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Modi govt to push ahead with Naga peace accord, ‘with or without NSCN (I-M)’

The 23-year-old dialogue for peace in Nagaland, home to India’s oldest insurgency, is expected to conclude Thursday, 31 October.

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New Delhi: The central government is intent on signing the Nagaland peace accord with the Naga National Political Groups (NNPG), whether or not the National Socialist Council of Nagaland (Isak-Muivah) is on board, ThePrint has learnt.

Security has subsequently been stepped up in Nagaland to prevent law-and-order situations in the wake of the peace accord, sources in the defence establishment said. 

The 23-year-old dialogue for peace in Nagaland, home to India’s oldest insurgency, is expected to conclude Thursday, 31 October, in keeping with a deadline set by PM Narendra Modi. 

This follows the historic framework agreement signed by the Modi government and the NSCN (I-M) in 2015 to “restore peace and pave the way for prosperity in the northeast”.

However, on the threshold of an agreement, the NSCN (I-M) has cited a separate flag and constitution as a condition for peace — a demand the Modi government has refused to fulfil. 

This has stoked fears that the NSCN (I-M) may not be party to a final peace accord. If this happens, it is feared, the agreement is unlikely to hold and the Naga insurgency, which has claimed thousands of lives, will continue.   

However, a source in the Ministry of Home Affairs (MHA) said they will go ahead and sign a peace accord with the NNPG, a group of seven armed outfits that joined the dialogue in 2017, if the NSCN (I-M) “do not come on board by late evening Wednesday”.

According to the source, talks are underway with the NSCN (I-M) with an intention to find a “middle path”. However, if the group still disagrees, the government will go ahead and sign the accord with the NNPG.

“There will be no further delay. The accord will be signed, with or without them,” a home ministry official said, referring to the NSCN (I-M). 

“The government had earlier made its stand clear, they are determined to conclude the peace process without any delay, and endless negotiation under the shadow of guns is not acceptable,” the official added.

The official also pointed out that 17 NSCN (I-M) members, frustrated with the group’s rigidity, had joined the NNPG in the pursuit of peace.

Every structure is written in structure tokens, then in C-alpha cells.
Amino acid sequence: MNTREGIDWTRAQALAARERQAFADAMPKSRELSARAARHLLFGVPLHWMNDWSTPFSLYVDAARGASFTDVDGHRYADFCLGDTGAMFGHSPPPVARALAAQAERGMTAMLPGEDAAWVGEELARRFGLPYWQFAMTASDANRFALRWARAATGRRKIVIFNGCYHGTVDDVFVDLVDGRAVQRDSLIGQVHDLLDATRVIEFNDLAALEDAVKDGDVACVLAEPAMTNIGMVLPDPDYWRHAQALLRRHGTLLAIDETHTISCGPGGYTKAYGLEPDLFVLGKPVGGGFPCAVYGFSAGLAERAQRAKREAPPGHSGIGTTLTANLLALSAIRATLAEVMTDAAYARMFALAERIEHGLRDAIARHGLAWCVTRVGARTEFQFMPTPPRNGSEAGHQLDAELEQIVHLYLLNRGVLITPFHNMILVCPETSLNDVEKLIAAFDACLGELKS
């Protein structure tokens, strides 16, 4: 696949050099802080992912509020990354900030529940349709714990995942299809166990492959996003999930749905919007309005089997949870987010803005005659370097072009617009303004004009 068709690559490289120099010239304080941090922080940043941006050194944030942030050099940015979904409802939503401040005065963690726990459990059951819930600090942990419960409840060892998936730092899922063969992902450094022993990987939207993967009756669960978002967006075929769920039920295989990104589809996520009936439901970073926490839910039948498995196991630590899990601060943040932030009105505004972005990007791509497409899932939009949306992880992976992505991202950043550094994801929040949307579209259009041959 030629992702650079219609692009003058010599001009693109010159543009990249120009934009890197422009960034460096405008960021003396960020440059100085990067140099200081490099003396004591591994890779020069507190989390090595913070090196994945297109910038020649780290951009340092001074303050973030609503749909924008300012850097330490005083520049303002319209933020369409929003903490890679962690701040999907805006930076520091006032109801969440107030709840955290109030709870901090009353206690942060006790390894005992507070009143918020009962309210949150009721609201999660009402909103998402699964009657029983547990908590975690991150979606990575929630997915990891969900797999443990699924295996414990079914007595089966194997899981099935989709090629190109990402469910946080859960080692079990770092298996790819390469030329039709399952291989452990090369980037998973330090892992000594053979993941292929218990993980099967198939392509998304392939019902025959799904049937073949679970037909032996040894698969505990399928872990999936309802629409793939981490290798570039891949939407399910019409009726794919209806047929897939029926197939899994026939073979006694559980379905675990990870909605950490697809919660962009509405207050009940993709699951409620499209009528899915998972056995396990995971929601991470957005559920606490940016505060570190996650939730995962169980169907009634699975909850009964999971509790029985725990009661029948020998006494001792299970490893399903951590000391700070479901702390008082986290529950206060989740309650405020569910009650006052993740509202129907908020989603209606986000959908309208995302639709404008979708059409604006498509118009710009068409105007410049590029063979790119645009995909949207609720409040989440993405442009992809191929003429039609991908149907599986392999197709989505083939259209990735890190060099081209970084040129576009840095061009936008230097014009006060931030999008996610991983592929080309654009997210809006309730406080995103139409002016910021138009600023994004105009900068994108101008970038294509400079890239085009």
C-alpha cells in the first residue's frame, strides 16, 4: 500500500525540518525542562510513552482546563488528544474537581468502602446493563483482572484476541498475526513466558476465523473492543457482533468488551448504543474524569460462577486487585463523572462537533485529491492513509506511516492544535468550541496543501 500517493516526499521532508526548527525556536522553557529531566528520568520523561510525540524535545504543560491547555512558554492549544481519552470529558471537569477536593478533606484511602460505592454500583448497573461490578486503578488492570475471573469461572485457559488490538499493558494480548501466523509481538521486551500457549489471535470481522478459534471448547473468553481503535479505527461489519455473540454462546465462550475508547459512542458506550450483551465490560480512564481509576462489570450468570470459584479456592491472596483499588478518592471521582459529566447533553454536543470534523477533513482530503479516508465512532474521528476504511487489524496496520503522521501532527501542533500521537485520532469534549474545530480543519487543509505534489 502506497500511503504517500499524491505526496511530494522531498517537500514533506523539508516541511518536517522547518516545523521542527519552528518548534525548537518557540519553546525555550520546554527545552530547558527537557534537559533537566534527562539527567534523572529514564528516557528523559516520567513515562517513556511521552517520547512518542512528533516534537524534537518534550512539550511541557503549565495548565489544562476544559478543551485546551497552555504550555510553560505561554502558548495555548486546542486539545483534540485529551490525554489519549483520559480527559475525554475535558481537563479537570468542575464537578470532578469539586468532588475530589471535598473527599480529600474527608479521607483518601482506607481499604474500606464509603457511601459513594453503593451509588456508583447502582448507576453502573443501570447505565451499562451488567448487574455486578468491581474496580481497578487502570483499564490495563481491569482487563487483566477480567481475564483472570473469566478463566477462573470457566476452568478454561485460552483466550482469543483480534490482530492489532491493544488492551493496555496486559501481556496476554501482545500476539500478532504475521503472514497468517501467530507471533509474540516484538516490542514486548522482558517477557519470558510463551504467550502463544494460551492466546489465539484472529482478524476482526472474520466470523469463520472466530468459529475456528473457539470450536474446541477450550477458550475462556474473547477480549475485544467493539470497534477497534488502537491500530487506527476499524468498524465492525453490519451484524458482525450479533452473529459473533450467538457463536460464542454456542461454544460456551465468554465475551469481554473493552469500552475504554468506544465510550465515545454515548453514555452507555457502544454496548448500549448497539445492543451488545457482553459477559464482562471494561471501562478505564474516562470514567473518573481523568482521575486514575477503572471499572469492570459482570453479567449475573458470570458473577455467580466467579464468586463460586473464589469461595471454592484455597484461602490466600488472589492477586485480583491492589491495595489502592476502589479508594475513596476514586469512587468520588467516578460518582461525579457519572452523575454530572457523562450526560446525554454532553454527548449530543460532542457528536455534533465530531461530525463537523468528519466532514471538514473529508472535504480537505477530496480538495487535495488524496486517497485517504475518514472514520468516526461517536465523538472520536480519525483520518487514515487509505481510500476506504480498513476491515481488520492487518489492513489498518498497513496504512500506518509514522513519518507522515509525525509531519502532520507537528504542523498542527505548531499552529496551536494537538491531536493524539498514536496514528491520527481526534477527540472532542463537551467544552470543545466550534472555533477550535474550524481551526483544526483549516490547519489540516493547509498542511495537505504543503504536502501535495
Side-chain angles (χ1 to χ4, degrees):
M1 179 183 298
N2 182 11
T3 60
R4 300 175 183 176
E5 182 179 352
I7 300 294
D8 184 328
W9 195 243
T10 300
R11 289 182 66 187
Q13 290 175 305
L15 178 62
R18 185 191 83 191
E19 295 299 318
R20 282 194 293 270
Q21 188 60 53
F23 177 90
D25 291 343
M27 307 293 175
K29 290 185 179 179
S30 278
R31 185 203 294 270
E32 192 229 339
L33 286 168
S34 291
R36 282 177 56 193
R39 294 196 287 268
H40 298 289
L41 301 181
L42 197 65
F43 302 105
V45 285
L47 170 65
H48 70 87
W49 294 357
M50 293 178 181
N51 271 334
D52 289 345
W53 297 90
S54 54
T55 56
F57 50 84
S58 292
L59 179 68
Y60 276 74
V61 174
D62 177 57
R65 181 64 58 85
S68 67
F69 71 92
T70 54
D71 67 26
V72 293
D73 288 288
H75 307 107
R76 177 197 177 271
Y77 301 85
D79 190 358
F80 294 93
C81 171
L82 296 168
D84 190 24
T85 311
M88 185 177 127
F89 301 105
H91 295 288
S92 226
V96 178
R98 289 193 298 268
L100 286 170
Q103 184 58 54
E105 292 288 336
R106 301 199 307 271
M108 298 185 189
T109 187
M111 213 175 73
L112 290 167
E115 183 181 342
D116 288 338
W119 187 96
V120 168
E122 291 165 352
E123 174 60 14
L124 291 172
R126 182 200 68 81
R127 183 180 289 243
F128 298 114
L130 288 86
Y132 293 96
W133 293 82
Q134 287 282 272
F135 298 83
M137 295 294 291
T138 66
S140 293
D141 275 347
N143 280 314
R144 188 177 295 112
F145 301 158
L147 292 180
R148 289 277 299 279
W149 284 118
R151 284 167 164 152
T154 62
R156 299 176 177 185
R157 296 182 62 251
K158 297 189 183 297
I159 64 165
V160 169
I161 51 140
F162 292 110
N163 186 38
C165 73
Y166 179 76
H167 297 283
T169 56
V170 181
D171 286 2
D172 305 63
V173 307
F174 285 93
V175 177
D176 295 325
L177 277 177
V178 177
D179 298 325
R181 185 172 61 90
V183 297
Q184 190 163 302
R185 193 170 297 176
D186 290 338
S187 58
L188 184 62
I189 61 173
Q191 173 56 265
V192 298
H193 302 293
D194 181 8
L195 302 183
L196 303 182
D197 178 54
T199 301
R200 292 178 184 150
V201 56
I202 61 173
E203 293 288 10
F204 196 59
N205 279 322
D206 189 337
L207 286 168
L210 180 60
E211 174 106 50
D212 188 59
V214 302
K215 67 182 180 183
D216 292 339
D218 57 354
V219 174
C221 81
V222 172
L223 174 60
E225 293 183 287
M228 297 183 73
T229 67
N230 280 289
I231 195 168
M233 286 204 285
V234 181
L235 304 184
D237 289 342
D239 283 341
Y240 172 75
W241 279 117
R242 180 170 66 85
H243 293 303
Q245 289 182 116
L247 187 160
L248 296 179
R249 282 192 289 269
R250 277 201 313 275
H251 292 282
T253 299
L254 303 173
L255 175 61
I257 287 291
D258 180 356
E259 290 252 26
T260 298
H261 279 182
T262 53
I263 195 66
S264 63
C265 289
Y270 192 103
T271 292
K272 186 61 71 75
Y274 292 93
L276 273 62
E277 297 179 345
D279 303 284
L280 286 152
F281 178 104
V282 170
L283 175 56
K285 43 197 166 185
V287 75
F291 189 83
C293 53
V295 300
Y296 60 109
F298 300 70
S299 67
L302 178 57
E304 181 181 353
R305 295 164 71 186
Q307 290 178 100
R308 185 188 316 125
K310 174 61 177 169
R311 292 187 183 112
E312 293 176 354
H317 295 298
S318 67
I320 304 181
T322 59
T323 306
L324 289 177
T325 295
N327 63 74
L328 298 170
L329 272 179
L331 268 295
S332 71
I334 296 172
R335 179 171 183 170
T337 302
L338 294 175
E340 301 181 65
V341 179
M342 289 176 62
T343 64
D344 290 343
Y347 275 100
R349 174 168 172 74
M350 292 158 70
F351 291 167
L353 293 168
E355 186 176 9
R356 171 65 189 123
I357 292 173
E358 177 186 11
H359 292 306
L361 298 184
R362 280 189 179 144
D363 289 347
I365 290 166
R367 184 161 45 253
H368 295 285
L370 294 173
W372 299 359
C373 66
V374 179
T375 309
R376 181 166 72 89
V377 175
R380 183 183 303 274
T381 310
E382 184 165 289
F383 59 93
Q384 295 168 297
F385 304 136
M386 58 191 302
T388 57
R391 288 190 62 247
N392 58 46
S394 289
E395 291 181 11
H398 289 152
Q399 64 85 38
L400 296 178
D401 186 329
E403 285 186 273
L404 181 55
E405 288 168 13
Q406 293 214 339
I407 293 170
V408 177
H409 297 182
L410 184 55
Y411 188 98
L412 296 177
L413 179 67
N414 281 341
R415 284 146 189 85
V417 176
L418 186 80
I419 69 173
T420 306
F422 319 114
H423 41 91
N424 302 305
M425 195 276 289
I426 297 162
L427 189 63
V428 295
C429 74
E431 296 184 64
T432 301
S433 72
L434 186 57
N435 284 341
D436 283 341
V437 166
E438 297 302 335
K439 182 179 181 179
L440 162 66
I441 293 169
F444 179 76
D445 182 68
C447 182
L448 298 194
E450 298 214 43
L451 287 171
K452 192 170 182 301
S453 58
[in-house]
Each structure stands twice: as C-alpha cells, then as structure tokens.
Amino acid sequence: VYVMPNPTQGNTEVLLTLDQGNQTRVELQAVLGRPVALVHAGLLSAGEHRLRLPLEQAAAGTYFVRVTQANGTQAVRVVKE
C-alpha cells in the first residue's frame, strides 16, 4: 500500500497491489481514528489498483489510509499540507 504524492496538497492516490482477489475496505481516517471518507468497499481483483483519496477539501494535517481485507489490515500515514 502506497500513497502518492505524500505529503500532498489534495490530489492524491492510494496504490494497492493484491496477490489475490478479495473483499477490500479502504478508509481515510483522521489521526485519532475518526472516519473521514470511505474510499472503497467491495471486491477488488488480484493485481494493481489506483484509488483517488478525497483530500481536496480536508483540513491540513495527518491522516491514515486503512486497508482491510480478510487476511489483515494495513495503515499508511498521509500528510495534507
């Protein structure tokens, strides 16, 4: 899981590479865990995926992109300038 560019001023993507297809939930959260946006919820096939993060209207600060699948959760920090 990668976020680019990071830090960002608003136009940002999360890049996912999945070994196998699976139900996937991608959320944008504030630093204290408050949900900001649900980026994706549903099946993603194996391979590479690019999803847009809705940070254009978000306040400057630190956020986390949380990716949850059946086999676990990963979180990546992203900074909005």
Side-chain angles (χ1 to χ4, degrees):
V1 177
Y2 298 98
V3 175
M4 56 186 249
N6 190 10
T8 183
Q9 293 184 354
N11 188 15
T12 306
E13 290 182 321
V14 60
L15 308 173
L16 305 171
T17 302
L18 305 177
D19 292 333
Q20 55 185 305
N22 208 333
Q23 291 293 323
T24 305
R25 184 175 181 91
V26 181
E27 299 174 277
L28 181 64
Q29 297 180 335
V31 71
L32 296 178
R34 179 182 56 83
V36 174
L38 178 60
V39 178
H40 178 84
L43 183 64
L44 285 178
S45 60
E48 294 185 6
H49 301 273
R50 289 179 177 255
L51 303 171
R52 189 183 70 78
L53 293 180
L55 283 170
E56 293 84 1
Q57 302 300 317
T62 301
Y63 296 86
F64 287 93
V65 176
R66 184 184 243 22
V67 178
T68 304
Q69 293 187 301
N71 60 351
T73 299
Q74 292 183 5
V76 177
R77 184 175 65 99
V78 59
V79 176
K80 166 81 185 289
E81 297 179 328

Also read: Nagas are worried a peace accord without NSCN (I-M) won’t bring real peace

Security stepped up

Meanwhile, fearing violence from NSCN (I-M) cadres in case the outfit is left out, the MHA has given special instructions to step up security in Nagaland, a second source in the home ministry said. It is also said to have requested the Army’s involvement. 

Sources in the security and defence establishment said adequate arrangements had been made in Nagaland to prevent violence. However, they added that some eruptions are still likely to occur.

According to them, some cadres of the NSCN (I-M) have left the Hebron camp and are trying to establish another one along the Indo-Myanmar border. 

Over 400 armed cadres of the NSCN (I-M), it is said, have reached Myanmar, and are camping at Koki opposite Shera.

They are also said to be trying to establish contact with the Khaplang faction of the NSCN, which has been responsible for a string of attacks, including a 2015 Army ambush. 

However, sources privy to the Naga peace process said the NSCM (I-M) was unlikely to indulge in violence.

Asked about reports that the NSCN (I-M)’s “headquarters” in Hebron was being vacated, the sources dismissed them. “There is no such movement. The camp stays as it is,” one of the sources said.

Detailed consultations held

The Naga insurgency started in the early 20th century and was initially centred on the demand for a greater Nagaland or ‘Nagalim’ comprising the state and Naga-inhabited areas of Assam, Manipur, Arunachal Pradesh and Myanmar.

However, the NSCN (I-M) has reportedly agreed to give up its demands for sovereignty and settle for a solution that doesn’t require the state boundaries to be redrawn. 

According to the government, a mutually agreed draft comprehensive settlement, including all the substantive issues, is ready to be inked. However, it has accused the NSCN (I-M) of adopting a “procrastinating attitude to delay the settlement”.

In a statement issued earlier this month, the Government of India and Nagaland Governor R.N. Ravi, the interlocutor for peace talks, said the NSCN (I-M) had “mischievously raised the contentious symbolic issues of separate Naga national flag and constitution on which they are fully aware of the Government of India’s position”. 

It also said some NSCN (I-M) leaders, through various media platforms, were misleading people with “absurd assumptions and presumptions over what they have already agreed with the Government of India”.

Following this, Ravi held detailed consultations with some other representatives of Naga society on 18 October 2019 in Kohima. 

The meeting was attended by the apex leadership of 14 Naga tribes of Nagaland, all the minority non-Naga tribes of Nagaland, and Nagaland Gaon Burhas’ Federation (NGBF), the apex body for tribal village heads.  

“The framework agreement with the (NSCN I-M) and the agreed position with the working committee of the NNPGs were extensively shared with the leaders, pertinent issues discussed and doubts on competencies clarified,” a statement issued after the meeting said.

With inputs from Snehesh Alex Philip

Also read: While Kashmir continues to grab headlines, we must not ignore the growing anxiety in Nagaland



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